But Microsoft faces something of a conundrum.
By allowing the free use of Windows and Office, it ensures that Chinese computer users remain committed to Microsoft and not flock to open-source Linux or other alternatives. Open source is a system of software that can be freely developed and modified by anyone.
As long as Microsoft gets them to convert to legitimate versions of its software in the future, some argue, it suits the company's long-term interests better than removing fake copies from stores altogether.
Counterfeit copies of Windows may not be as flagrant or damaging as the wholesale rip-off of new technology ideas, which is also common in China, but Microsoft remains a bellwether.
The Business Software Alliance estimates that more than 90 percent of software used in China is illegal.
"Microsoft is the perfect canary because they are 100 percent vulnerable to IP [intellectual property] theft, and IP theft has turned out to be the key question in China's ability to go forward," said tech pundit Mark Anderson, president of Strategic News Service, a newsletter that provides market research and advice.
Countries like Singapore and India are starting to use better IP protection as an edge over China in attracting investments by pharmaceutical and software companies, he said.
"It may be a small number today, but it will be a big number tomorrow," Anderson said.
Challenge from Linux
Microsoft's other challenge in China is the growth of Linux. A government-sponsored alliance of open-source companies known as Red Flag Linux has lured some customers away. Red Flag Linux has also won support from global tech giants, including Hewlett-Packard, Oracle and IBM.
Microsoft has attempted to alleviate concerns about security by allowing Chinese government officials access to its secret sauce — the underlying source code to Windows.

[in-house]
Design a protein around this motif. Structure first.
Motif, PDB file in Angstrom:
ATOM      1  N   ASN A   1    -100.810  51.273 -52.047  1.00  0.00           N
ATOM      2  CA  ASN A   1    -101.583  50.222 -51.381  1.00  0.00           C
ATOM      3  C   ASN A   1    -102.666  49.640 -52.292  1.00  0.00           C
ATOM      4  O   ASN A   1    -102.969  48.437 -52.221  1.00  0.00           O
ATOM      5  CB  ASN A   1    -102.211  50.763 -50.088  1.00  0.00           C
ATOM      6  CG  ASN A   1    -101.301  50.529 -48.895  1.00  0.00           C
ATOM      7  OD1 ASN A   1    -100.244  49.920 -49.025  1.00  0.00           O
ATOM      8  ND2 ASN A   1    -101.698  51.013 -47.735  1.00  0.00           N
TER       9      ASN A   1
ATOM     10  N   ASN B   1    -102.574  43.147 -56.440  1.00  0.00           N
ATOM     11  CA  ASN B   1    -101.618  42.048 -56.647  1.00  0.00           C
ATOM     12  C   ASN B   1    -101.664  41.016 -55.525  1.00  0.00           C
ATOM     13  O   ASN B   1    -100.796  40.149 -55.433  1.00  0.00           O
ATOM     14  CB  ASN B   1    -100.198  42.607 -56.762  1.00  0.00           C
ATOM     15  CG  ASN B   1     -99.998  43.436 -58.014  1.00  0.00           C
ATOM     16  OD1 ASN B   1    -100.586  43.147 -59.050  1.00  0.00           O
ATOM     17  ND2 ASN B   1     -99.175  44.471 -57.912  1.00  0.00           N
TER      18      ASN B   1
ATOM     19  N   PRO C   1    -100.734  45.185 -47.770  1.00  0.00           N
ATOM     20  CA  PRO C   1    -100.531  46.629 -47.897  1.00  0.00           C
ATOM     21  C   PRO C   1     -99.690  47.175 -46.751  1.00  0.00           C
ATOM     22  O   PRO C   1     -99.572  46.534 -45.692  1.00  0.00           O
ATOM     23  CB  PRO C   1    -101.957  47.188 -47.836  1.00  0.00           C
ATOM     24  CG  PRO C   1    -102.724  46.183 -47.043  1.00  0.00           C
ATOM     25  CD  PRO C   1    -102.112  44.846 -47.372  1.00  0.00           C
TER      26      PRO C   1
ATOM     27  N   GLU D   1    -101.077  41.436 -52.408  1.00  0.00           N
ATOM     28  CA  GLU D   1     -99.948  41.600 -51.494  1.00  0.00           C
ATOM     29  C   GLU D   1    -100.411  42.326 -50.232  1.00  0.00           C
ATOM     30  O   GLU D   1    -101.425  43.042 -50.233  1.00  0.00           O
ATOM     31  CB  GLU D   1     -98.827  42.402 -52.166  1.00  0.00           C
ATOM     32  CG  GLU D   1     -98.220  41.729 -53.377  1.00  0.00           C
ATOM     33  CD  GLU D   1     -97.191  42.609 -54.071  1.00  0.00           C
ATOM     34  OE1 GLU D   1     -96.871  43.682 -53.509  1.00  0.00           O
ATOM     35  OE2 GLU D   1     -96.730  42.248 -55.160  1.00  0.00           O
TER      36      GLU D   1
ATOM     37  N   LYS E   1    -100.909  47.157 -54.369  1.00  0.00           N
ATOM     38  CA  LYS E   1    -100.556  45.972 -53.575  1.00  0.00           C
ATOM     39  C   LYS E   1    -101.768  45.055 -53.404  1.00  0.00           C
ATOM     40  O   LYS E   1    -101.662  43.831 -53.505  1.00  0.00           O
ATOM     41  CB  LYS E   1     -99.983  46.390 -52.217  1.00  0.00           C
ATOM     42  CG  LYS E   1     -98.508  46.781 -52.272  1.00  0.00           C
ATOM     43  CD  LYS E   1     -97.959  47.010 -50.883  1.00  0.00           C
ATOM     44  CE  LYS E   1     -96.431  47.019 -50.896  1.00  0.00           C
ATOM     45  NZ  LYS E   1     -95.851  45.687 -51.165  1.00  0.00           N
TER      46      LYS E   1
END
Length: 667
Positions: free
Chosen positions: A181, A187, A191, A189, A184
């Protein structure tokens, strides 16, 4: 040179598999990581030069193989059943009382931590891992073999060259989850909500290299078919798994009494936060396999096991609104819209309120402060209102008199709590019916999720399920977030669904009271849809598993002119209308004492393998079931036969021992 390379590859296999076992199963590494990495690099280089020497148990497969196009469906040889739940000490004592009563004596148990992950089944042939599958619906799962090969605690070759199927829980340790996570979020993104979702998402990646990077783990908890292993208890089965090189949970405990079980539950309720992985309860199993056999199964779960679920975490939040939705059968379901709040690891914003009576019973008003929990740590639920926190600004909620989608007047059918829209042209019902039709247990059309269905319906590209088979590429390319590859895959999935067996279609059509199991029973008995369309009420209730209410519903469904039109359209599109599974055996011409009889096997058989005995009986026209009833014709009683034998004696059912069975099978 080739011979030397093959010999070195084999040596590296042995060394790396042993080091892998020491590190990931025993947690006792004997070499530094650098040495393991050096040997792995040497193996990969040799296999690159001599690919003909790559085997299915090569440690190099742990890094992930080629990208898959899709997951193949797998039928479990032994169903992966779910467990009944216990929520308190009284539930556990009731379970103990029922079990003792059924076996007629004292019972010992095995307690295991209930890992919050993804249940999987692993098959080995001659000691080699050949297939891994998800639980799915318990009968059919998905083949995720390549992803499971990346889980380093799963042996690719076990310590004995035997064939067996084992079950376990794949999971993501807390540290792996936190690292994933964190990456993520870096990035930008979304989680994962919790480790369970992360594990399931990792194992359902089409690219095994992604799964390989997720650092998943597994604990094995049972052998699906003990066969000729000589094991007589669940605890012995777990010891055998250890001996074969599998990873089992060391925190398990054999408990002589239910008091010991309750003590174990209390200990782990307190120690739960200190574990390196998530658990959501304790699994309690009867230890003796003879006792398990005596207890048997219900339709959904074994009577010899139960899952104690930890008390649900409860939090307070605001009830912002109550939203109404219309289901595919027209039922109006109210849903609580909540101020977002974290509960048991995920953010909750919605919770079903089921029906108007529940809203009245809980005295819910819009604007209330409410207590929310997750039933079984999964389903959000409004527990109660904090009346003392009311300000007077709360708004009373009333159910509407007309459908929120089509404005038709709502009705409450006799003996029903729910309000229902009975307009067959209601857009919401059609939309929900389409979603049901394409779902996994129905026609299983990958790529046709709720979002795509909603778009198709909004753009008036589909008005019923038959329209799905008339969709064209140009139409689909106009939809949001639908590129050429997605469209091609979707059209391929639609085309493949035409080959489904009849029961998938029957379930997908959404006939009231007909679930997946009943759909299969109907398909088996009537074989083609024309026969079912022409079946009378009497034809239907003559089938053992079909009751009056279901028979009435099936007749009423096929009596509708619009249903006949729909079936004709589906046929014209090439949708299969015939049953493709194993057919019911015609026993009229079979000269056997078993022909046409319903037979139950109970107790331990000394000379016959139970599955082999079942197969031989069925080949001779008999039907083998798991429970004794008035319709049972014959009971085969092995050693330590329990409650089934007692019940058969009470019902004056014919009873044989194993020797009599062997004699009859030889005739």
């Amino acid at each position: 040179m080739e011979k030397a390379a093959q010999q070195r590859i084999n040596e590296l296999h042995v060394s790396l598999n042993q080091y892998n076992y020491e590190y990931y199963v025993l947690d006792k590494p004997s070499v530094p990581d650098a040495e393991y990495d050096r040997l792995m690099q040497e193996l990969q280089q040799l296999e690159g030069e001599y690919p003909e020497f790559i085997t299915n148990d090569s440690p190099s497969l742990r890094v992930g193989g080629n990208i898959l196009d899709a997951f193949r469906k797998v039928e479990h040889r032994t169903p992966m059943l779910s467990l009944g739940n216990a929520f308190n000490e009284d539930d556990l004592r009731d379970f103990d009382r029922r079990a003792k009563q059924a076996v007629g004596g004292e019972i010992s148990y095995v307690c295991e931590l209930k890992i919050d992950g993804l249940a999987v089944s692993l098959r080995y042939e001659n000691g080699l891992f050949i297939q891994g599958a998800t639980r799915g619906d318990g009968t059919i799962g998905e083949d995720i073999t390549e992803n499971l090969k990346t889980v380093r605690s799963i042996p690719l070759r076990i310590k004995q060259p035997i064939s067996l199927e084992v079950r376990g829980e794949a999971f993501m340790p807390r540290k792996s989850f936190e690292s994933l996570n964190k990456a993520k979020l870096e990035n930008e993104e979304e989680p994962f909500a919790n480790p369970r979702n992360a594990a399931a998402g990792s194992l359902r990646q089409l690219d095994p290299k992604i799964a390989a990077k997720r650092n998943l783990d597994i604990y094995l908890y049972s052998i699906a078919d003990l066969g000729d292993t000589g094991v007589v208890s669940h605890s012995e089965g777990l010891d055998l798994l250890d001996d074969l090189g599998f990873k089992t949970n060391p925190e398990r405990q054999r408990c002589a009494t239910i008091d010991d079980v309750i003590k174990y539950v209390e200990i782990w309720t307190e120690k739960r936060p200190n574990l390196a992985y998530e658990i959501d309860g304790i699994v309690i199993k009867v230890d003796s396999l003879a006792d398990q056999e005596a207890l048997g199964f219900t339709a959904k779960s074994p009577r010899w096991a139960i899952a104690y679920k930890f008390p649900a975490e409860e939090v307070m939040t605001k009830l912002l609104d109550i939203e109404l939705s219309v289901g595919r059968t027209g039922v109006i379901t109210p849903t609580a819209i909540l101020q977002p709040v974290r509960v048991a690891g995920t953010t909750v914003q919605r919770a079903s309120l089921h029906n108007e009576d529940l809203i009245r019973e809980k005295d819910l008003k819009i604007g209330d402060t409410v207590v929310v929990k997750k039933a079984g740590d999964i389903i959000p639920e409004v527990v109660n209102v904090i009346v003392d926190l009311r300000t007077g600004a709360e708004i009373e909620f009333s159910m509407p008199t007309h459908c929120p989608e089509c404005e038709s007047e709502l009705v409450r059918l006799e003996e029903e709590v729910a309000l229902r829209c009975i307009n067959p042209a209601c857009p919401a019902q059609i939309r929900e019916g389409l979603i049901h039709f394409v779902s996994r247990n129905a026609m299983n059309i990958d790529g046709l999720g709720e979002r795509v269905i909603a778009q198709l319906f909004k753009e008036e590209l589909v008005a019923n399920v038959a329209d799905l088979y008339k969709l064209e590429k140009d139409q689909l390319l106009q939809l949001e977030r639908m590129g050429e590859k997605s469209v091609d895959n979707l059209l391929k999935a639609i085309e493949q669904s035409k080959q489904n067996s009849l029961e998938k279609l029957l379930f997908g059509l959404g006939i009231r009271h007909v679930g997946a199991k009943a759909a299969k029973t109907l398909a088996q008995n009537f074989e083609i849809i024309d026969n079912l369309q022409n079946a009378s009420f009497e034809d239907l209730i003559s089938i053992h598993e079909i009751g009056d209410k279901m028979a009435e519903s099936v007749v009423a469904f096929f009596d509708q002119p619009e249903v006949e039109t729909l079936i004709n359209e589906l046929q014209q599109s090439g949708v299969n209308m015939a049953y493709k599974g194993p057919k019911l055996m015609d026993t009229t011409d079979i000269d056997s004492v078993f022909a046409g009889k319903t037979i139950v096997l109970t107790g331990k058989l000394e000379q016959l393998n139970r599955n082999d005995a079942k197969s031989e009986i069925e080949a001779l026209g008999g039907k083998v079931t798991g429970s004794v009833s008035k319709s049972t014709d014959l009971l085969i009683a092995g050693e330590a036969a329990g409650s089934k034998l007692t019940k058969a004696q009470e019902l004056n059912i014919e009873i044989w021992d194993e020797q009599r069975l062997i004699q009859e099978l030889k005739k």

Microsoft's corporate image in China has not enjoyed the same status its founder has among the masses.
Gates visited China a few years ago to promote Microsoft and IP protection. But soon after his departure, the Chinese government announced it was endorsing Linux for government and military contracts, Anderson said.
"That was a real slap in the face," Anderson said. "I think they perceive Microsoft as part of Western hegemony somehow."
As a figure young people admire, "Bill Gates is right up there with Yao Ming, the basketball star," said Sidney Rittenberg, a business consultant who advised Microsoft on its China strategy several years ago. But "people on the street tended to view Microsoft as a company that peddles high-priced software and tries to kill the Chinese' own software industry," he said.
Microsoft has started to form partnerships with local Chinese software companies and provide training in rural areas, which has helped strengthen its reputation in China, said Tim Chen, chief executive of Microsoft China.
The company also points to a survey in the Chinese version of Fortune magazine a year ago that ranked the company as the third-most admired in China — with IBM topping the list. Still, the company has not stopped the revolving door of executives leaving Microsoft for other opportunities.
In addition to Lee, who left for Google, Microsoft recently lost Chief Marketing Officer Wu Shixiong to eBay. Before them, other departing China executives included Juliet Wu, Jack Gao and Jun Tang.
Gao, who was president and general manager of Microsoft China, later published a book about his experience at Microsoft, a work that Lee quotes in court documents to make his point about the company's missteps.
"Microsoft is indeed too stubborn and too bullying," Gao wrote. "Microsoft China inappropriately moved their manners in the U.S. and other countries to China."
Meanwhile, Anderson does not think the piracy problem will be solved in China for at least another decade, the time it will take the country to fully develop its judicial institutions. But Microsoft is known for its perseverance.
"Microsoft has a tremendous amount of patience, which can be inspiring or distressing, depending on your point of view," Anderson said. It's possible that "they will have waited so long for so little and have been willing to spend a long, long time in the red."
Kristi Heim: 206-464-2718 or email@example.com. Seattle Times technology reporter Brier Dudley contributed to this report.
Copyright © 2005 The Seattle Times Company